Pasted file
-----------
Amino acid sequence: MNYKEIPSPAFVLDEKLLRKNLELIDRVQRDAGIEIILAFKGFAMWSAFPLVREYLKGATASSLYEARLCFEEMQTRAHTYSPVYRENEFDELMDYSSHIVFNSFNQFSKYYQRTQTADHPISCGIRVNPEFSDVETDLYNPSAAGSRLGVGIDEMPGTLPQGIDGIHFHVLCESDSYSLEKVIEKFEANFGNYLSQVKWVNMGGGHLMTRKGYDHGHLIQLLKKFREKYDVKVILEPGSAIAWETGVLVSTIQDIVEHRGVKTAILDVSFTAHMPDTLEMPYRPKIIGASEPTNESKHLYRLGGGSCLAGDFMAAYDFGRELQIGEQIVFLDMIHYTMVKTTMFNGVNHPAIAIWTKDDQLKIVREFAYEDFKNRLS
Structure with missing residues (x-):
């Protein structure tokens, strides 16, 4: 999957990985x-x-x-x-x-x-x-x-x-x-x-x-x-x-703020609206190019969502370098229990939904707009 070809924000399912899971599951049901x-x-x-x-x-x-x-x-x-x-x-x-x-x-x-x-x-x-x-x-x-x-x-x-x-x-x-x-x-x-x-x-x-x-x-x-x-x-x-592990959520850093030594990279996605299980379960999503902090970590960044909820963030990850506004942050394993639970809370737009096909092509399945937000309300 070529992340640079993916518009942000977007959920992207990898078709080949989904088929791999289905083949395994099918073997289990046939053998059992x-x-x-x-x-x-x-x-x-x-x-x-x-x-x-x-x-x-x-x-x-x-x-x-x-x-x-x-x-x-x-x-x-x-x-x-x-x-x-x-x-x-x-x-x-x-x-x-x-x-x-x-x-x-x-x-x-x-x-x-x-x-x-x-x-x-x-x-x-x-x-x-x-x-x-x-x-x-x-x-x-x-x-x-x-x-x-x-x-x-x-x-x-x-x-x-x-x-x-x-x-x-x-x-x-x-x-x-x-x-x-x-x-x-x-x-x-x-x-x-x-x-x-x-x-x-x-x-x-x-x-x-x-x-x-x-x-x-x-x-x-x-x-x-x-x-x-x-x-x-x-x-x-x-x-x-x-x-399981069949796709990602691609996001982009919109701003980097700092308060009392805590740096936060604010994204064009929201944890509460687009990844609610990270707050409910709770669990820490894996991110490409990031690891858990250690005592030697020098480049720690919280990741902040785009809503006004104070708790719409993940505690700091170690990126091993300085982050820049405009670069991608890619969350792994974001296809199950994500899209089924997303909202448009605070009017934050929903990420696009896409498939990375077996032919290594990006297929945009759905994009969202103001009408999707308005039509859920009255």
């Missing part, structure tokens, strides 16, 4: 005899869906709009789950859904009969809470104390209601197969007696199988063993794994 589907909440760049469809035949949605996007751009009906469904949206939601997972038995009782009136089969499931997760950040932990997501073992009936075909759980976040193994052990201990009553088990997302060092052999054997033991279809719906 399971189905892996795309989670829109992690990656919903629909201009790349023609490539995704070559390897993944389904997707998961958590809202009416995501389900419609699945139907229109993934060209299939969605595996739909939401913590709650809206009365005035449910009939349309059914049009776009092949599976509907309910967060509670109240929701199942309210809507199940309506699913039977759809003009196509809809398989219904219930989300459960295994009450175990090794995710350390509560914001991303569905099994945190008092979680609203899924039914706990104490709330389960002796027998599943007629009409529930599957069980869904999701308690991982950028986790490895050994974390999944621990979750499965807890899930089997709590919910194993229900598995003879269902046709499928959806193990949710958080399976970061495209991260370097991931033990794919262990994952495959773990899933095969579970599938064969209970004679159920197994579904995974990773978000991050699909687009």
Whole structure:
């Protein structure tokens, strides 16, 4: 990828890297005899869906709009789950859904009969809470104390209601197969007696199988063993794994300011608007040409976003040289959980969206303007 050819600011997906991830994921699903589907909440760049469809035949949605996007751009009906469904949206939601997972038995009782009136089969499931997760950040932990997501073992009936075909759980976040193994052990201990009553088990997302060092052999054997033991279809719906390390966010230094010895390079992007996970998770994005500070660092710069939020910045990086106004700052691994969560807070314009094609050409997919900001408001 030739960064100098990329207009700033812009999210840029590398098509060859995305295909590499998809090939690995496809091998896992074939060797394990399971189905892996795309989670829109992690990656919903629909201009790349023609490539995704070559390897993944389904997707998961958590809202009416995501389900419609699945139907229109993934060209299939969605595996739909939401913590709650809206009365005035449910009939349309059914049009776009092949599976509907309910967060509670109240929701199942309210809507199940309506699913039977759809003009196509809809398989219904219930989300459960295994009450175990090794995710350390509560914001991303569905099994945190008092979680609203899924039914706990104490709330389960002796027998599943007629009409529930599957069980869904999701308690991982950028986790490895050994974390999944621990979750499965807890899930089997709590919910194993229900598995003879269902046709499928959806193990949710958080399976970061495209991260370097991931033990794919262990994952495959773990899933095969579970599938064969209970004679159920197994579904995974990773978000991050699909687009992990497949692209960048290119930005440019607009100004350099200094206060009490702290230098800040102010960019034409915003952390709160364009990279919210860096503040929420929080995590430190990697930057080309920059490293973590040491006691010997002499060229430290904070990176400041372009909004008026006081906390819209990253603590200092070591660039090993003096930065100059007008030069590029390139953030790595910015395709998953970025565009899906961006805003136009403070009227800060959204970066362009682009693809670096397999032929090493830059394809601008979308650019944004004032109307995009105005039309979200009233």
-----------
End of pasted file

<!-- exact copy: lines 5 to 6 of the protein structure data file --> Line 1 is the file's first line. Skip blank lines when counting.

Whole structure:
């Protein structure tokens, strides 16, 4: 990828890297005899869906709009789950859904009969809470104390209601197969007696199988063993794994300011608007040409976003040289959980969206303007 050819600011997906991830994921699903589907909440760049469809035949949605996007751009009906469904949206939601997972038995009782009136089969499931997760950040932990997501073992009936075909759980976040193994052990201990009553088990997302060092052999054997033991279809719906390390966010230094010895390079992007996970998770994005500070660092710069939020910045990086106004700052691994969560807070314009094609050409997919900001408001 030739960064100098990329207009700033812009999210840029590398098509060859995305295909590499998809090939690995496809091998896992074939060797394990399971189905892996795309989670829109992690990656919903629909201009790349023609490539995704070559390897993944389904997707998961958590809202009416995501389900419609699945139907229109993934060209299939969605595996739909939401913590709650809206009365005035449910009939349309059914049009776009092949599976509907309910967060509670109240929701199942309210809507199940309506699913039977759809003009196509809809398989219904219930989300459960295994009450175990090794995710350390509560914001991303569905099994945190008092979680609203899924039914706990104490709330389960002796027998599943007629009409529930599957069980869904999701308690991982950028986790490895050994974390999944621990979750499965807890899930089997709590919910194993229900598995003879269902046709499928959806193990949710958080399976970061495209991260370097991931033990794919262990994952495959773990899933095969579970599938064969209970004679159920197994579904995974990773978000991050699909687009992990497949692209960048290119930005440019607009100004350099200094206060009490702290230098800040102010960019034409915003952390709160364009990279919210860096503040929420929080995590430190990697930057080309920059490293973590040491006691010997002499060229430290904070990176400041372009909004008026006081906390819209990253603590200092070591660039090993003096930065100059007008030069590029390139953030790595910015395709998953970025565009899906961006805003136009403070009227800060959204970066362009682009693809670096397999032929090493830059394809601008979308650019944004004032109307995009105005039309979200009233």